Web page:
Earth Elegy gathers new poems as well as work from Margaret Gibson's previous books and proves her a poet for whom the earth is a place of marvels and, at times, tragic splendor. Whether rendering the sun-splashed markets of Mexico, an evening of joyful community in Soviet Georgia, or the mountains and fields of solitary walks, these brilliantly crafted meditations explore the dynamics of radiance and grief as they manifest themselves in our lives.
In these poems, Gibson evokes the talismanic energy of things with a palette of sensual colors and textures reminiscent of the paintings of Georgia O'Keefe, as in her rendering of a sycamore, "each limb rippled like hair/unwound from a braid".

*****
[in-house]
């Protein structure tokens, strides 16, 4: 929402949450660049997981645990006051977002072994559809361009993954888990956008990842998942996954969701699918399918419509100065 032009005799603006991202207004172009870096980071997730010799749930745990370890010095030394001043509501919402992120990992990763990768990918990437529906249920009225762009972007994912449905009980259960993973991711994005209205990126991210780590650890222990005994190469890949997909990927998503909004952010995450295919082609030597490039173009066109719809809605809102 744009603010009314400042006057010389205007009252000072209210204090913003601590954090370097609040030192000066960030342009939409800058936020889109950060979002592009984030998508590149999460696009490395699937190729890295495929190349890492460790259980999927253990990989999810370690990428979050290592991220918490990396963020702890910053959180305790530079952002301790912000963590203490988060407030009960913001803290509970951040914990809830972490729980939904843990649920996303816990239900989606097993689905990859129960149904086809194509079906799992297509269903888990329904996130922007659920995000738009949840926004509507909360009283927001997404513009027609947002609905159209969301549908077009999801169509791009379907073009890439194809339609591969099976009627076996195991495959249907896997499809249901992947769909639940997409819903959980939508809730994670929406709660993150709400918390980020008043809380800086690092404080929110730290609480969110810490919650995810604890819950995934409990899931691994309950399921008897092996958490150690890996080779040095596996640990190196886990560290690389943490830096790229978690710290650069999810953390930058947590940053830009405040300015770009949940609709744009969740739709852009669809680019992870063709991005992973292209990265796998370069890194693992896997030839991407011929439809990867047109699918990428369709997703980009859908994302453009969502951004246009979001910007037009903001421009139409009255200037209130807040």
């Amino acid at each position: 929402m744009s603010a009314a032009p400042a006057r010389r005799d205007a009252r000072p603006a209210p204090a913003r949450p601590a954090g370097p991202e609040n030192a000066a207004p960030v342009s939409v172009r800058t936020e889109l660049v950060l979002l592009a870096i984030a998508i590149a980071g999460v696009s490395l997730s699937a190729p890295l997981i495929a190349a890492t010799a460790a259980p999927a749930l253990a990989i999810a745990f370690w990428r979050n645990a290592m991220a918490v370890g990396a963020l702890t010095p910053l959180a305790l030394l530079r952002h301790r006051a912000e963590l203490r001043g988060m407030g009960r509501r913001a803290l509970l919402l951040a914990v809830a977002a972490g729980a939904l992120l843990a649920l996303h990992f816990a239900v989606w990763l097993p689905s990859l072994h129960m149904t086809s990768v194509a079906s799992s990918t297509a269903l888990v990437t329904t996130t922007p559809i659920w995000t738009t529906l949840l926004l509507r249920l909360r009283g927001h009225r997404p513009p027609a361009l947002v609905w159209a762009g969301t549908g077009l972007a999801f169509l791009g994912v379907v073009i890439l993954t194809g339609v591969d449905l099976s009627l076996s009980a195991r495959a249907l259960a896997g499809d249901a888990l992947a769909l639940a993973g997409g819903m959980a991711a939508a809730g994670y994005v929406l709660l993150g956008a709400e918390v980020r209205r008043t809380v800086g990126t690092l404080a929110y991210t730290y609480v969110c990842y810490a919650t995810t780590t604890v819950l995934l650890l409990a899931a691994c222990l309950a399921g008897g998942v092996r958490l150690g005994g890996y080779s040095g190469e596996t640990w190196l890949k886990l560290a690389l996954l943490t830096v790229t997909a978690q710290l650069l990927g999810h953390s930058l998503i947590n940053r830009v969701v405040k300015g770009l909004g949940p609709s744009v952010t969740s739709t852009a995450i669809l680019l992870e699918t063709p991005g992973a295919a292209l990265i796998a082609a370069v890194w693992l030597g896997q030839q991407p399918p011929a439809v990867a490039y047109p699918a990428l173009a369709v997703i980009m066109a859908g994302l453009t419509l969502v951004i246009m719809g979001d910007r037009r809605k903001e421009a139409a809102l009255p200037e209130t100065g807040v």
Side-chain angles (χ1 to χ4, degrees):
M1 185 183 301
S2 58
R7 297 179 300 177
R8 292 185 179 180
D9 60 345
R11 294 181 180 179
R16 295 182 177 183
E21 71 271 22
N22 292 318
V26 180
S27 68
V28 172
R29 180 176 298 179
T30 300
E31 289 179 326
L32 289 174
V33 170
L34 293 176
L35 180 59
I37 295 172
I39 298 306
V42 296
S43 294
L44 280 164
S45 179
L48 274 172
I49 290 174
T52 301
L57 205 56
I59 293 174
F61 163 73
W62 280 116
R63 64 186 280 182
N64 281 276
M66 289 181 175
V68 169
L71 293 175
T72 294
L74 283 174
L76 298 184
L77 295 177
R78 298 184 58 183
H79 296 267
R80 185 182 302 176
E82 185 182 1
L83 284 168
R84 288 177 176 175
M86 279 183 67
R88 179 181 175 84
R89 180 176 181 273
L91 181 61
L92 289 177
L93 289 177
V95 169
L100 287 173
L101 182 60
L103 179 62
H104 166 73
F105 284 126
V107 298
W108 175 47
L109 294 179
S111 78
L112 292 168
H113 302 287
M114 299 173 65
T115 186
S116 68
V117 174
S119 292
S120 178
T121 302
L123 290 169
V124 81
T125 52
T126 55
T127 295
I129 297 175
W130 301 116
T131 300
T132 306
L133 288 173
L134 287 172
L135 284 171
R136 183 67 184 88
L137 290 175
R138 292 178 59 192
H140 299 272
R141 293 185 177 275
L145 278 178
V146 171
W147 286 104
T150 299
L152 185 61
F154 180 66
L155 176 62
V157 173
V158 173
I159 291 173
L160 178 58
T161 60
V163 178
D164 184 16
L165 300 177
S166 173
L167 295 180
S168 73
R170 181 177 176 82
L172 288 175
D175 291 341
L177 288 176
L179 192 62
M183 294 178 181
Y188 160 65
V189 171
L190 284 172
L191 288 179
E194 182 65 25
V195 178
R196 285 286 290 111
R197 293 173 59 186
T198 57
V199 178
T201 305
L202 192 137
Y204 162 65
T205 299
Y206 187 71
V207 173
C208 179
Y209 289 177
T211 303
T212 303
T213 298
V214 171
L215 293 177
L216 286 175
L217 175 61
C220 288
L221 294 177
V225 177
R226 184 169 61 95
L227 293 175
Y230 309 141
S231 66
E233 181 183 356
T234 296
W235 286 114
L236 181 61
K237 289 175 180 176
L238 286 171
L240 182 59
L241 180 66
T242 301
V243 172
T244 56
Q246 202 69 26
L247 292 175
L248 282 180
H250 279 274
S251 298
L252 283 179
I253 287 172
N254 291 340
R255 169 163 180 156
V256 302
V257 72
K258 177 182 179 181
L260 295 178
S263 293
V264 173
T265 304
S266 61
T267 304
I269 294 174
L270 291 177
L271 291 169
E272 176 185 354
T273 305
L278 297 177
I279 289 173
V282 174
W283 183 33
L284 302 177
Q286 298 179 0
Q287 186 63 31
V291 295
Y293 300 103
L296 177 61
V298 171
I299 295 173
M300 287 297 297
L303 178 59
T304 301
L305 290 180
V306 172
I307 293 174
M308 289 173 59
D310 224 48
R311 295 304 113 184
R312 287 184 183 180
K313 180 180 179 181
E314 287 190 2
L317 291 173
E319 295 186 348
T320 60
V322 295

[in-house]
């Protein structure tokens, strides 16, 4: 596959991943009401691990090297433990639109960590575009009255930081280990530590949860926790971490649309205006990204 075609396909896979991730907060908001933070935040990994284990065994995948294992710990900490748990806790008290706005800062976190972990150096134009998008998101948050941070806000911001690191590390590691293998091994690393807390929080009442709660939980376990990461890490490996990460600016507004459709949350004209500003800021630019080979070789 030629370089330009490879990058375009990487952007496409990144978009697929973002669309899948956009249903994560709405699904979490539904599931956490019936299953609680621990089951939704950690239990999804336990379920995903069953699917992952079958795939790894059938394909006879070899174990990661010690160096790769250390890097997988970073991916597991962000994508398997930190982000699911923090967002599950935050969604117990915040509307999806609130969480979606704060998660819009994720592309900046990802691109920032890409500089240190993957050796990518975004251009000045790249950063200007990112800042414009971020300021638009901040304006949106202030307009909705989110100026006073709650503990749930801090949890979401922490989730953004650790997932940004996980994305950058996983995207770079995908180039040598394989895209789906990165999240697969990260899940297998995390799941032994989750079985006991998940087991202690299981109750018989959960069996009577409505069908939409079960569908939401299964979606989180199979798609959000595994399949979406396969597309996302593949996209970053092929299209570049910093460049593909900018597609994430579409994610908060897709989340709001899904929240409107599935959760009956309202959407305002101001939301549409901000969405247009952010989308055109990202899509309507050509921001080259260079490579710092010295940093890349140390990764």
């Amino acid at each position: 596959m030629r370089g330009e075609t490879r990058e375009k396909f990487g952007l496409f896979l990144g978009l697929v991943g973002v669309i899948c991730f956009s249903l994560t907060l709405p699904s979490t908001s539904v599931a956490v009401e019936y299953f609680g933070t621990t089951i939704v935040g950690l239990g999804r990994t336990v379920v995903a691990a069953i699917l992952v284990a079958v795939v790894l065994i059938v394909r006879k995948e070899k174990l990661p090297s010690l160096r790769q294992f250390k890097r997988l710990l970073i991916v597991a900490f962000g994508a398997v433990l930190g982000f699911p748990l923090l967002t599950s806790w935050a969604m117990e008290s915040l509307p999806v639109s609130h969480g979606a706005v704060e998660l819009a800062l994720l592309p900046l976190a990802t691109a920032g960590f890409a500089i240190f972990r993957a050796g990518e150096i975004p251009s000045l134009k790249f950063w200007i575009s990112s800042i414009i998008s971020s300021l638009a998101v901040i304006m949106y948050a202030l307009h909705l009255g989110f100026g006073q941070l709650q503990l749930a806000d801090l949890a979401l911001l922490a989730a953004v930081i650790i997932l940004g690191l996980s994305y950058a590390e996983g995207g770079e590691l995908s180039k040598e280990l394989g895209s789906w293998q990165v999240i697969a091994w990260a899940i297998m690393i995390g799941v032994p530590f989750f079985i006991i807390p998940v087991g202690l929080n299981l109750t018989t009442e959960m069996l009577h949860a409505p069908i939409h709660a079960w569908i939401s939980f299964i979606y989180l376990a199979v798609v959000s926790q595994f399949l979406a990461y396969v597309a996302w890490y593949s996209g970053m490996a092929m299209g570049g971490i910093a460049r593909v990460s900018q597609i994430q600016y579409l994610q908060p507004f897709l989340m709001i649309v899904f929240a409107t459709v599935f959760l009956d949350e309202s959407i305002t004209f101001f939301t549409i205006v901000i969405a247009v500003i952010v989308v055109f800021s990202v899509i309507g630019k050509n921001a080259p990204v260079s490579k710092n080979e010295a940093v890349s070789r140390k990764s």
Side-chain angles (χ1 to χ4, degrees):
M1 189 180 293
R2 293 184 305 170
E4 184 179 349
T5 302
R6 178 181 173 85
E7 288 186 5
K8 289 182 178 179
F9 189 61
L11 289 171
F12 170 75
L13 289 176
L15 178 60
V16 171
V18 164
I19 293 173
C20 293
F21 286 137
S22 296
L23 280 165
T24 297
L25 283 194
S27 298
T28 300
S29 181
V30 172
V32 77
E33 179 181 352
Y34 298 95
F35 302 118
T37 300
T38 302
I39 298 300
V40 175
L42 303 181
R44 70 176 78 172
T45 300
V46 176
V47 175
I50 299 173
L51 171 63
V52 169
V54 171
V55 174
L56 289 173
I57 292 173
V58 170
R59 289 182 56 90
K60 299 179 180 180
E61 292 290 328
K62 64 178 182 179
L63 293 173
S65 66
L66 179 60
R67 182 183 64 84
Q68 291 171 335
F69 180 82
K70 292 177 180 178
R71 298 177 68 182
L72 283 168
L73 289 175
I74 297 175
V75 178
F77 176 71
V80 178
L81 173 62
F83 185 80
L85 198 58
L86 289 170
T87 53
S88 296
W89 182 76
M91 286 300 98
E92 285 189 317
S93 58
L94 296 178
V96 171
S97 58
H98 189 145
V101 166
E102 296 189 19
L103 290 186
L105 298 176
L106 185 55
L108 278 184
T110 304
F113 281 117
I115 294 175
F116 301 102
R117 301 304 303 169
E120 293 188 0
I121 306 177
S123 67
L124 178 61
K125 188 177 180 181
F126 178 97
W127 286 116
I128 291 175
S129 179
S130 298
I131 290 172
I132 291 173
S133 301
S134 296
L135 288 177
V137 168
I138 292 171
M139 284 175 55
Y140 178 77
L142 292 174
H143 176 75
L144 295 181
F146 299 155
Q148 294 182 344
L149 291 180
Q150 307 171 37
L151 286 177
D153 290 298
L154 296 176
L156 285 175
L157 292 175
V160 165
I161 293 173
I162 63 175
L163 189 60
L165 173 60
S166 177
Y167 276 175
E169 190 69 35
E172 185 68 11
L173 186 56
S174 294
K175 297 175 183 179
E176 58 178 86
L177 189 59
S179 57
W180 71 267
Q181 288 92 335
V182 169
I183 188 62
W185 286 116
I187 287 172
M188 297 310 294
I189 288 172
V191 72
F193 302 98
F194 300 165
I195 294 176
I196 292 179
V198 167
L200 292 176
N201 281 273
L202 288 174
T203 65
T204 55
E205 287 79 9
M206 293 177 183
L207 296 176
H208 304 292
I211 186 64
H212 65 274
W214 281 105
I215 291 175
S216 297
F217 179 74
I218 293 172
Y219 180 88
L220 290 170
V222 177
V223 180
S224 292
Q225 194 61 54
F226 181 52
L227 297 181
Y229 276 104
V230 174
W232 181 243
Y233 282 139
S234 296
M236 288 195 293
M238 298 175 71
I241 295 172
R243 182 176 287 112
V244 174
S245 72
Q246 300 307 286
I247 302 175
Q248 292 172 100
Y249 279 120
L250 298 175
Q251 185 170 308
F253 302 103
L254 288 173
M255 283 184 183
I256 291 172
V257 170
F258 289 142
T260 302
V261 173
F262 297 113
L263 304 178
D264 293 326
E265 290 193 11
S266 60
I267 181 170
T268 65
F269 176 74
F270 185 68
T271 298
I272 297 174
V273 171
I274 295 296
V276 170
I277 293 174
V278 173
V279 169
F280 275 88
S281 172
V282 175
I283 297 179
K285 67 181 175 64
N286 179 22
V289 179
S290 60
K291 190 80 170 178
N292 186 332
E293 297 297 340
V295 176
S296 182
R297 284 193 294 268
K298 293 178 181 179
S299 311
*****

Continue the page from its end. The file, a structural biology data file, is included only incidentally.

In the most fundamental sense, her work is both political and spiritual: in its compassion, in its desire to know "harvest from theft", and in its deep belief in human dignity. Her poems are profoundly contemplative, seeking within this world the "persistent fire/flung from the wordless Source".
Earth Elegy traces the workings of a sensibility that focuses emotional intensity like light through a magnifying glass and brings its subjects alive in blazes of almost unbearable clarity.